In light of all this news, the question would seem to be, why would we find a bottom anytime soon in the wheat market?  The possible answer to that is because this is a futures market that is always anticipating news and at this point, we have factored much of this into the price level.  By no means would I be advocating any ideas of a major trend reversal, but I believe we are reaching very close to downside targets and the time of year when you look for seasonal lows so a corrective rebound could be in order after this month.     


July corn reached into another lower low yesterday as did December futures, but only fractionally there and both closed lower again.  Considering we appear to face no real threat to crops just about anywhere in the Northern Hemisphere, that would appear quite reasonable.  Prices have tried to rebound again overnight and seeing that we sit on top of key support ranges for the year and in a very oversold position we should be close to a corrective low but by no means would I expect the see a rapid reversal.  At least not one that could last for more than a couple days for the time being.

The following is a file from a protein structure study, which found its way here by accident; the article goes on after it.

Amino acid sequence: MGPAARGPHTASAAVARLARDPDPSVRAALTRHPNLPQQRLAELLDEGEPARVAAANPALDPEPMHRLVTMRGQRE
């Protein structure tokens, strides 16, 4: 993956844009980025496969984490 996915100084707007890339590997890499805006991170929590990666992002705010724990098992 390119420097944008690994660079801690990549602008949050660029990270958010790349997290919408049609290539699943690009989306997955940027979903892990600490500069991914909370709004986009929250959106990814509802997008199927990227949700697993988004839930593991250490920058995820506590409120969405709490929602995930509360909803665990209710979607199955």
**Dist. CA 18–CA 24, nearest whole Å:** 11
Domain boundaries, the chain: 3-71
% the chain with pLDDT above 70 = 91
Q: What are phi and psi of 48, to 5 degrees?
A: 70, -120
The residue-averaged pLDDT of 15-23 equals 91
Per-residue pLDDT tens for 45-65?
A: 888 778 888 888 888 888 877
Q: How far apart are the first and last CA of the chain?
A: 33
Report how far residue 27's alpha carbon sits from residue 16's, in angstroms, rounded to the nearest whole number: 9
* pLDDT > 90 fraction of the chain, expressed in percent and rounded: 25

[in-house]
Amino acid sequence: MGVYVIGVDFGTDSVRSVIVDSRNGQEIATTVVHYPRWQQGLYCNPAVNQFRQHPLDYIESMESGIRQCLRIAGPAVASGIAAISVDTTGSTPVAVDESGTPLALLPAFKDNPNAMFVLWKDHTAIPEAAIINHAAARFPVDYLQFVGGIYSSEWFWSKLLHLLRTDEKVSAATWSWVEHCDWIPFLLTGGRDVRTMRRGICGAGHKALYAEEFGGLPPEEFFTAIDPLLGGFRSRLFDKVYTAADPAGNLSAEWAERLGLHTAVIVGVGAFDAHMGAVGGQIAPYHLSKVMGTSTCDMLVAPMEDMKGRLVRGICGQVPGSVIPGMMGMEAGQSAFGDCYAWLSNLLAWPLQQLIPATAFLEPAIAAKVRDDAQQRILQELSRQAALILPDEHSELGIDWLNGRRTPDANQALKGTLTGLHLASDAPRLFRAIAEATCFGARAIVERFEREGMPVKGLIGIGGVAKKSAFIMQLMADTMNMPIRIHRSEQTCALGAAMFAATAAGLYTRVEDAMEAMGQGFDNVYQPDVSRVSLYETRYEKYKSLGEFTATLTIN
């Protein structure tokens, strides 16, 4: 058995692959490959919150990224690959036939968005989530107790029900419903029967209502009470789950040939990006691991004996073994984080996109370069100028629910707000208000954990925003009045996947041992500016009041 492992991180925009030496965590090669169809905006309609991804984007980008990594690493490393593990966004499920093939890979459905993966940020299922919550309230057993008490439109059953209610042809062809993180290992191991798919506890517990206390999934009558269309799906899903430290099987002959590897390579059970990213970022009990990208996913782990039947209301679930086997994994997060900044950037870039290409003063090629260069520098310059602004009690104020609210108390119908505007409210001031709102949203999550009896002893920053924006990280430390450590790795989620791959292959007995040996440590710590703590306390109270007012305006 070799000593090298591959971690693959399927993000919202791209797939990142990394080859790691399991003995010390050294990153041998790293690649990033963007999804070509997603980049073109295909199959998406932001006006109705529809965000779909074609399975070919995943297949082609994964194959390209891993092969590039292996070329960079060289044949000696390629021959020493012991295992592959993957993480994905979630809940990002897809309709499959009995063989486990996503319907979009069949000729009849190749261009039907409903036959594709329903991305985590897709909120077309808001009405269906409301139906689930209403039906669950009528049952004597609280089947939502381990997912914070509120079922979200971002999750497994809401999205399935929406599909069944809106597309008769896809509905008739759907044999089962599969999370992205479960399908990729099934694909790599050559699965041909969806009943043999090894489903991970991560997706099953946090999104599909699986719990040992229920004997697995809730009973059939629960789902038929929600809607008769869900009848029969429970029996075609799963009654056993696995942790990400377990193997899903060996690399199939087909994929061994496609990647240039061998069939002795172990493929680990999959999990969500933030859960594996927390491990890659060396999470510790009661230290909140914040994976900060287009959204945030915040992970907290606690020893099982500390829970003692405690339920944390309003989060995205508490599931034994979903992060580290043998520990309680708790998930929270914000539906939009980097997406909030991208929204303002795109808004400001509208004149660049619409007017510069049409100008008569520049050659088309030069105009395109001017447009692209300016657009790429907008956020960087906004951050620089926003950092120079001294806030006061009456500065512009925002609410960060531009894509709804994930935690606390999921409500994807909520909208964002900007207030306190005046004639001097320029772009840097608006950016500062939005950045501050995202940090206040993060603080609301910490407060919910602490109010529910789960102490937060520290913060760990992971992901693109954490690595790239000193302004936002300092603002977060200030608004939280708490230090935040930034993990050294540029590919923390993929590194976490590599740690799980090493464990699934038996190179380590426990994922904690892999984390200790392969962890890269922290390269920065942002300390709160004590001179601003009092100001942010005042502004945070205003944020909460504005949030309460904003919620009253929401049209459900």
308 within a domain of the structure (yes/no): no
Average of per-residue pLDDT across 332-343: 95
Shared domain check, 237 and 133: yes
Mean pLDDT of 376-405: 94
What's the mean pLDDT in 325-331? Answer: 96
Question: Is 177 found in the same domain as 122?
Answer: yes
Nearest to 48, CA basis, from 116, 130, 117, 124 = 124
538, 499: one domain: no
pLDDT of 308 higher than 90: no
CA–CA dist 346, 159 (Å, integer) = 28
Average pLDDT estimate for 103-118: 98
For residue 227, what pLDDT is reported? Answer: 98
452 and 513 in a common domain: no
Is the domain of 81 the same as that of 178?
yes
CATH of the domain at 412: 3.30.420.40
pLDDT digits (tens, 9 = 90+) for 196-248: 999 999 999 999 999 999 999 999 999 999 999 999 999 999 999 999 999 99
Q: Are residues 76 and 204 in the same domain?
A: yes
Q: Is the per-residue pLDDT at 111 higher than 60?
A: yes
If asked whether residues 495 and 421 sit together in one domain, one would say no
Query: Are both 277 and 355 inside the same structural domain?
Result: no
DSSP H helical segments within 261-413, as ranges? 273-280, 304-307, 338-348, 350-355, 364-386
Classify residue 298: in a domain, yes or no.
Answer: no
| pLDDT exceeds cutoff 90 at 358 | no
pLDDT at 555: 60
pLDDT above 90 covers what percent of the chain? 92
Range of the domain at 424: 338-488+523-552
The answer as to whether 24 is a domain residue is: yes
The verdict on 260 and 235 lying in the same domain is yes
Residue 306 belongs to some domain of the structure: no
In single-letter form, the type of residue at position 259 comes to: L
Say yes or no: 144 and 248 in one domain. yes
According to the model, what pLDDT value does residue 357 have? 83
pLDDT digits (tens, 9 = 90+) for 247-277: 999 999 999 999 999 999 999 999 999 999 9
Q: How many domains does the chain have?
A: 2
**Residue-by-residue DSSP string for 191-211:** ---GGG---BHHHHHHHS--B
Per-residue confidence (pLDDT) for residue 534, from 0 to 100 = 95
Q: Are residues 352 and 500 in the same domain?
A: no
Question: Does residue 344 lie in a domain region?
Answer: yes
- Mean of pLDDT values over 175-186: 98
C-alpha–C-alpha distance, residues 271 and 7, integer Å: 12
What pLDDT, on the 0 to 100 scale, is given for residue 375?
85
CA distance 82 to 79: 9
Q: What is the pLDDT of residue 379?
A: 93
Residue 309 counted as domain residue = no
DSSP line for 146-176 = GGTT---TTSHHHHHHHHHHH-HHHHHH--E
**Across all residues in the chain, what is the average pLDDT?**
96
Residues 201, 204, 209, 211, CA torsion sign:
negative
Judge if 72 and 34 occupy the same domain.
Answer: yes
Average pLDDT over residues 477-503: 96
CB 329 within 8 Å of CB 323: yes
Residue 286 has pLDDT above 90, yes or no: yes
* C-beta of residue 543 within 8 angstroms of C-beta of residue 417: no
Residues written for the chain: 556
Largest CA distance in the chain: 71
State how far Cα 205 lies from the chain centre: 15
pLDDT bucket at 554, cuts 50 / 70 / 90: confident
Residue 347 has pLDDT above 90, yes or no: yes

Generally speaking, lower prices should begin to stimulate demand but with the overall good growing conditions buyers would appear to be the in drivers seat and export interest looks routine at best.  We will see the weekly EIA ethanol numbers later this morning and should reflect continued solid production in the 270 to 275 million-gallon range but here as well, that has come to be expected.

It would appear that right now the best hope for corn, and I hate to use that word when talking about markets, is that we will have exhausted the selling between now and the June 30th reports and set up for a corrective rebound. We seems to be approaching that psychological level where no one believes that can happen, which is of course what you want.  Many things have changed in the markets over the years but one thing has not and that is human nature.  As such, contrary opinion still matters.  As with the wheat market, I will not be looking for major long-term reversals and advances but I do not believe now is the time to throw in the towel.